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2 Peter 1:5-8 Click on this link to read the passage. You may select your preferred version of the Bible after the link opens. 

This passage doesn’t ask much does it? (I ask with my tongue in my cheek.) This list of virtues can be a bit overwhelming at first glance.

This is such a huge passage to get my mind around, but as I look at it, I recognize a growing kind of pattern to the list: 

We start with proclaiming our faith in Christ Jesus as our Savior. Then we set out to do the good things that we know Jesus wants us to do. We soon realize that there is much we need to learn if we are going to follow his teachings. The more we learn, we begin to discover areas of our lives that we need to change requiring a measure of self-control. Some of these changes may be difficult for us, and we may struggle to persevere in them. As we make these changes we will show more godliness in our manner. This godliness should express itself in brotherly kindness to others, and ultimately a measure of love that only Christ can help us to attain.

Verse 8 tells why these qualities are so very important. If our Christian walk is to be effective we must continually reach higher in our relationship with Christ. What Christian in his/her right mind would be satisfied to be ineffective and unproductive?

I believe it would be helpful to print out this list of virtues as a challenge to ever grow in our faith. Here is the list if you would like to print it out. Or you may click on the link at the bottom for an MS Word file you can print out. I think it best to begin at the bottom as growing in our faith makes us taller in our faith.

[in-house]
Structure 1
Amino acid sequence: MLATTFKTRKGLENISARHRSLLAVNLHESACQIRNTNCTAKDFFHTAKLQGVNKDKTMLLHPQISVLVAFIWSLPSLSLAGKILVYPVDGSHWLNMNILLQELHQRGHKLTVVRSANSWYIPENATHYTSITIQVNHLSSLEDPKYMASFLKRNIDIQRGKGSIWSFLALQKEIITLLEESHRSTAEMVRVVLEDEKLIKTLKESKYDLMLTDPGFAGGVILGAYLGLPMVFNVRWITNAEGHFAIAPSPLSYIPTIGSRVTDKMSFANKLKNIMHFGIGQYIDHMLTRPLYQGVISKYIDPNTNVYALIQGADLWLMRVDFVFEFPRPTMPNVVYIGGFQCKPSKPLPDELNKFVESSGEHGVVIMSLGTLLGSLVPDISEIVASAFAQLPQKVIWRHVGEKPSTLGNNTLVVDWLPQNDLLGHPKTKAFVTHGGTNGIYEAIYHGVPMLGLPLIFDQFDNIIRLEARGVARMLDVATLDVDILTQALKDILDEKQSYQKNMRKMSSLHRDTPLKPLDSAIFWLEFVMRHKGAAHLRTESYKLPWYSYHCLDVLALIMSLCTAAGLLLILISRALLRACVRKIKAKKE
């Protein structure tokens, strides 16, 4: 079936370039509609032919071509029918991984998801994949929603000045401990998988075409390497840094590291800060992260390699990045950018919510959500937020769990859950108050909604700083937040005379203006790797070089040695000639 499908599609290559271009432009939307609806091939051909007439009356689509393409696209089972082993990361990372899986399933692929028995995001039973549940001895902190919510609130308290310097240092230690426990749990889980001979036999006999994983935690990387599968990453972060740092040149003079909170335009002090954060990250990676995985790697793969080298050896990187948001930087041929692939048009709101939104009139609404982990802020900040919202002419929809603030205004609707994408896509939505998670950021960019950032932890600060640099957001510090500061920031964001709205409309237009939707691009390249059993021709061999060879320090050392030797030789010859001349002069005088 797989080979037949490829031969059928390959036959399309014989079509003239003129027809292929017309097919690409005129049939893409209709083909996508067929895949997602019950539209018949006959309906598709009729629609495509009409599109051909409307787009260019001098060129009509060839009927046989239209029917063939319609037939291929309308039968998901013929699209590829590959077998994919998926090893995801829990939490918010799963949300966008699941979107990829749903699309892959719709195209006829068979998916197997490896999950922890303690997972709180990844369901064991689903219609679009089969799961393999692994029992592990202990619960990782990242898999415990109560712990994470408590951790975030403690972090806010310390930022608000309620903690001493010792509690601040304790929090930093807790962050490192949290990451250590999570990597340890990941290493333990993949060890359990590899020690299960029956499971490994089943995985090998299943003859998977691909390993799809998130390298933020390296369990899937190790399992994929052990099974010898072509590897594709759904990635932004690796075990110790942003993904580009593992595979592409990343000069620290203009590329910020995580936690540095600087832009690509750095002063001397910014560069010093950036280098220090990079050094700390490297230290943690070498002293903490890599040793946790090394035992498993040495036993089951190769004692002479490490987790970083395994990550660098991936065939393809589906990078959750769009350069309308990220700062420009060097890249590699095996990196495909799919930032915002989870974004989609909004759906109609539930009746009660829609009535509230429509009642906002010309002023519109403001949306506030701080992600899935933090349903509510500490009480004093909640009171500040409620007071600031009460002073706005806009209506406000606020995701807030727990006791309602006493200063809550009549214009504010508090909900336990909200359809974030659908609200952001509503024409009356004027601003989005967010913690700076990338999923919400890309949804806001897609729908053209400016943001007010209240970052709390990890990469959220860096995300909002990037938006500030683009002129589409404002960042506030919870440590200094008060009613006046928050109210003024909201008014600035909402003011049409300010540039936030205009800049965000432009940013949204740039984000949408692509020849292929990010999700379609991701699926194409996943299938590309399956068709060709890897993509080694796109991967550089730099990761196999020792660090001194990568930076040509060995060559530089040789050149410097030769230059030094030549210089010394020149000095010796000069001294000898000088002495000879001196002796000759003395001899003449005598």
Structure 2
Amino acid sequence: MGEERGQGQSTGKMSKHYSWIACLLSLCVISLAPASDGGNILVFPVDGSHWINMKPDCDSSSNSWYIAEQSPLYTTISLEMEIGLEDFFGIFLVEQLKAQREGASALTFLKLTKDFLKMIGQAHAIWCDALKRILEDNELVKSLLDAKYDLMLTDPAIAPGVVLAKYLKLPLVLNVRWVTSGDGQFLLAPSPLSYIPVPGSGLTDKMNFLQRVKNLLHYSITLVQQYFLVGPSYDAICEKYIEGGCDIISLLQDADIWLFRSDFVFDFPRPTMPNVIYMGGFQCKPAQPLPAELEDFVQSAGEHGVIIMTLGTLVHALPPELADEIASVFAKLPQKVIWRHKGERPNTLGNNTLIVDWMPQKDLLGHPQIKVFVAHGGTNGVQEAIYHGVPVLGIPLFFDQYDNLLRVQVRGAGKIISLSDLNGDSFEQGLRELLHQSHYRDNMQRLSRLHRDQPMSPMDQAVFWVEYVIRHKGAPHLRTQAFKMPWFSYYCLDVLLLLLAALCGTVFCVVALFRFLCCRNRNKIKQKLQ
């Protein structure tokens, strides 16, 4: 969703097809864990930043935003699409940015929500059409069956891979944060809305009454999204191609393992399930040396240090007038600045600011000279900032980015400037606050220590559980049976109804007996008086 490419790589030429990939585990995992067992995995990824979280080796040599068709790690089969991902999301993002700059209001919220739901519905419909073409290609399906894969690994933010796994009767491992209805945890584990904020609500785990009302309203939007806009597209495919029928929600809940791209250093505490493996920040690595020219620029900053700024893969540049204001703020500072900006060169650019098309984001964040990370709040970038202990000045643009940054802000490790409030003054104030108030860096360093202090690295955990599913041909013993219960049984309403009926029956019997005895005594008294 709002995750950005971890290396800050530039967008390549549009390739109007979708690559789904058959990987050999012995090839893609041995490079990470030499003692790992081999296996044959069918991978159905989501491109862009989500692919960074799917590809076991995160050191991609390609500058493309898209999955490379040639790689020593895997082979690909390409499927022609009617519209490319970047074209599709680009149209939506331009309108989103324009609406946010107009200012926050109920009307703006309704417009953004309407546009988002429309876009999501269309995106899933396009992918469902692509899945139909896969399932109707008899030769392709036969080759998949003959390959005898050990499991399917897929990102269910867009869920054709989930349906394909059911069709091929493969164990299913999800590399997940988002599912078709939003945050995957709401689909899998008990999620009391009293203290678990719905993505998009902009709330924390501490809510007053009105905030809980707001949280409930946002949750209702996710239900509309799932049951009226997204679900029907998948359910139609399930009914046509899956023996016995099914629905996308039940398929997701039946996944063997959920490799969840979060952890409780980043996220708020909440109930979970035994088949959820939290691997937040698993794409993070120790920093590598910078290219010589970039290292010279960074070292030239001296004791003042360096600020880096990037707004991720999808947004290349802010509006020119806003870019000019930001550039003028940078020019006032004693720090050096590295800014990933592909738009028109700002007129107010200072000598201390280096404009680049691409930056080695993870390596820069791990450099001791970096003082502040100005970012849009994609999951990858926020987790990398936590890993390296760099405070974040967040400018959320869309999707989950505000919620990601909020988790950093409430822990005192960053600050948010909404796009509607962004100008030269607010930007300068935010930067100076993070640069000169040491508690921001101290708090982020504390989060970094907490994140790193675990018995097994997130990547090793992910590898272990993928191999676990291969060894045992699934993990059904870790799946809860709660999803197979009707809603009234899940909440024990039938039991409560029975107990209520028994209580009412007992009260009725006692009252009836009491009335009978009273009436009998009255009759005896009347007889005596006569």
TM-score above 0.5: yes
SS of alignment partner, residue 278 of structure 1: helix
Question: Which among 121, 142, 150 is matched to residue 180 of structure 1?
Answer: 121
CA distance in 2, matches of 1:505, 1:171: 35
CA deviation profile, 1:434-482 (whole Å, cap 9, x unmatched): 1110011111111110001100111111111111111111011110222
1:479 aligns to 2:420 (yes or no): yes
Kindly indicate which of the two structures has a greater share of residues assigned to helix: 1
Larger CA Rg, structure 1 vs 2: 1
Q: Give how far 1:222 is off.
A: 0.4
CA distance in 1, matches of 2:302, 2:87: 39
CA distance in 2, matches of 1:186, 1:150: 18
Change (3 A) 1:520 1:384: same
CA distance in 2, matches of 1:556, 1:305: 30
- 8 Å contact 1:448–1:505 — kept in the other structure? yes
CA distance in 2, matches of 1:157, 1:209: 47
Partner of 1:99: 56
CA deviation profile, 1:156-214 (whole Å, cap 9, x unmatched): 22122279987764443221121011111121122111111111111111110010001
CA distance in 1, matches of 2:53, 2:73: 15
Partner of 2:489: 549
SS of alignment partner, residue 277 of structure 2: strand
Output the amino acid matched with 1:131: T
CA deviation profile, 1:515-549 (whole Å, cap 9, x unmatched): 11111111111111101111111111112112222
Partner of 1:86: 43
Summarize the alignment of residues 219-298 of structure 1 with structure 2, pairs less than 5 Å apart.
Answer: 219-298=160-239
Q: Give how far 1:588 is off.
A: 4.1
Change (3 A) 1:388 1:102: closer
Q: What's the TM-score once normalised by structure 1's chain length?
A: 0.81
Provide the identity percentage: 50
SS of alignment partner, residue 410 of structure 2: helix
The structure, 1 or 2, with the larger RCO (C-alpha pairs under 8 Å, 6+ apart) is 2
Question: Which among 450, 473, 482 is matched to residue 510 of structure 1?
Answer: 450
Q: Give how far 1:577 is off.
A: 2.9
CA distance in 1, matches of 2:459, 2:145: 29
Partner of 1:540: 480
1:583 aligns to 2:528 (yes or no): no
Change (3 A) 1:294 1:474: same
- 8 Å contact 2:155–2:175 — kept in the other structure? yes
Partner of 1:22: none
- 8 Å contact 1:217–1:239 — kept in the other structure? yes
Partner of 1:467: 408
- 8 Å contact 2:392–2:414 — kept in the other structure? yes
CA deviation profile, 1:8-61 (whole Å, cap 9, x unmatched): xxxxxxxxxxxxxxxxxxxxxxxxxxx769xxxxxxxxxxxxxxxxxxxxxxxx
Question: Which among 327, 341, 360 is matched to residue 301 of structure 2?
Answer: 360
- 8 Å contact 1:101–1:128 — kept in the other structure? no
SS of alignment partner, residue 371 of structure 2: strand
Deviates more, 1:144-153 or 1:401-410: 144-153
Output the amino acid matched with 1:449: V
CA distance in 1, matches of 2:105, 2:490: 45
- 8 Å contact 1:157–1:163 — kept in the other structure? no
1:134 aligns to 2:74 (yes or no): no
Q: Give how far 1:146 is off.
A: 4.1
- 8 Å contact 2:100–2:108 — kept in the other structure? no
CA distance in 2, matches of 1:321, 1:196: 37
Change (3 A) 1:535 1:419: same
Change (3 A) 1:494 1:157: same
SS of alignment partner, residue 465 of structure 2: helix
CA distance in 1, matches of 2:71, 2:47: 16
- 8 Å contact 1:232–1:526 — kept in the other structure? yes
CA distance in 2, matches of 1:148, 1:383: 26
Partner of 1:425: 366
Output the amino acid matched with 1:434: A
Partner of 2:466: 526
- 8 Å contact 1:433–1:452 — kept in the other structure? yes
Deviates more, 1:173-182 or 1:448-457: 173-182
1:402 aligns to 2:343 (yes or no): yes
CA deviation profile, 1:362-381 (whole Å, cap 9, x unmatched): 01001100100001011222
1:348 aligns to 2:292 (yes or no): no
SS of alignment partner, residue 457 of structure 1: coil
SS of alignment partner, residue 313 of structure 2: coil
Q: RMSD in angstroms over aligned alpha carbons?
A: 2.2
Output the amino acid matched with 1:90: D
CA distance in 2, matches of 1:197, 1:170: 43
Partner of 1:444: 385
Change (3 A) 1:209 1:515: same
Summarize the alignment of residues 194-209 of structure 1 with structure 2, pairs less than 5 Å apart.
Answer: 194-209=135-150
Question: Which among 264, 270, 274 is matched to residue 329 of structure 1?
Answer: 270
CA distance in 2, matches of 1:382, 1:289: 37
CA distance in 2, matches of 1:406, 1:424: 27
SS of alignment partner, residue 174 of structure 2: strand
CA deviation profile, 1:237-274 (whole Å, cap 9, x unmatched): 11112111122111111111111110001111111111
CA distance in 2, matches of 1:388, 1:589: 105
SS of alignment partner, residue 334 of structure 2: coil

Love

Brotherly Kindness

Godliness

Perseverance

Self-Control

Knowledge

Goodness

Faith

God’s Growth Chart (2)  (Click on link for 8.5 x 11 poster with clip art.)

Lord Jesus, enable us to see ourselves honestly in light of these virtues. Give us such a great hunger to know you better and to serve you more that we will grow closer to the top of this list day by day. Don’t let us settle to be second class Christians who are satisfied to blend in with the world and look and act like everyone else.

Copyright © 2008 by Janice Green

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29 If someone strikes you on one cheek, turn to him the other also. If someone takes your cloak, do not stop him from taking your tunic. 30 Give to everyone who asks you, and if anyone takes what belongs to you, do not demand it back.